NIKOLAI KOBELKOFF – The Human Trunk

NIKOLAI KOBELKOFF - The Human Trunk

 

Born on July 22, 1851 in Siberia, Russia, Nikolai Wassiljewittsch Kobelkoff was the fourteenth child of normal parents. He was born without limbs, as a living torso.

Despite the murmured superstitions surrounding the young Nikolai, he was eventually befriended by a kind schoolmaster and he was able to obtain a proper education. Having no hands to grip a pencil, Nikolai adapted and was soon able to write by holding a pencil under his chin. His right stump proved useful due the fact that it was rather bony. Eventually his technique proved to be quite accurate. He eventually even took up painting.

In 1871 Nikolai began his exhibition career in St. Petersburg. He his initial venue lasted two years. Like many limbless marvels, his exhibition consisted of mundane tasks accomplished via extraordinary dexterity. His most notable feat was threading needles before awed audiences. In later exhibitions, Nikolai would simply paint. This was likely a rare instance where watching paint dry was entertaining. He also sometimes ate a full meal in front of the audience, even pouring the wine himself.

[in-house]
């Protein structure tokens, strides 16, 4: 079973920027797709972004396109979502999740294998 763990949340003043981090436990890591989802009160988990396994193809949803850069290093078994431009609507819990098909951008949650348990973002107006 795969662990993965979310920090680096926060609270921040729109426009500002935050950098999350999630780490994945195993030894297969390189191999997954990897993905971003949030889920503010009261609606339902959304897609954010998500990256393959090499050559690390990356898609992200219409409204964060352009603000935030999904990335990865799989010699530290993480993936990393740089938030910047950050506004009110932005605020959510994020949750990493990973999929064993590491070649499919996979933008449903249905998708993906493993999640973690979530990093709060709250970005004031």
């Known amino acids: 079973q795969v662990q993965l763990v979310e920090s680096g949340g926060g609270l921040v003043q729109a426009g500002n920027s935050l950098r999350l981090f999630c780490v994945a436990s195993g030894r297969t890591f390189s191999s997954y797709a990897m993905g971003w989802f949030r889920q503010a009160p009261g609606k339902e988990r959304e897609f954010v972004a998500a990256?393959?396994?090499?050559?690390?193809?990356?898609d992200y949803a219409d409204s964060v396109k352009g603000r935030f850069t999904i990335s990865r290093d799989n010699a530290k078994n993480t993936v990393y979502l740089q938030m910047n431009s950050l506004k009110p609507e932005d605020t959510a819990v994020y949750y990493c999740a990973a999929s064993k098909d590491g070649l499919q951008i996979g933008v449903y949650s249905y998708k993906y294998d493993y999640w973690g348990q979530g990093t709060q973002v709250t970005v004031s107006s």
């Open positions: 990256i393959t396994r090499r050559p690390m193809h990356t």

During his exhibitions, he would also display his means of locomotion, which was much more dynamic then many other limbless marvels. While he would sometimes crawl about like the later Prince Randian, he was incredibly limber. He would often leap on and off of chairs and even hop down flights of stairs. On occasion, Nikolai would also perform a headstand.

Nikolai was also a powerfully built man, despite the lack of limbs. On rare occasions, he would demonstrate his strength by perching an audience member on his stump and lifting them.

His great success in St. Petersburg warranted a tour. Eventually, Nikolai performed in every major European country and for many notable nobles. While performing in Austria in 1875, he met a Viennese woman named Anna Wilfert and the two were married the same year in Budapest. The couple had their first child in June of 1876. Ten more would follow and all were average in appearance.

Nikolai died in January 1933 as a wealthy and accomplished man. In 1898 Nikolai produced the short film Kobelkoff which documented his act. He published a memoir. His nude photo still elicits conversations. He was even able to buy his own amusement park which his descendants continue to run.

Despite nagging rumors of a dark side and drinking problems, Nikolai Kobelkoff was so famous and highly regarded that for decades European limbless performers would often advertise themselves as ‘the next Kobelkoff’.

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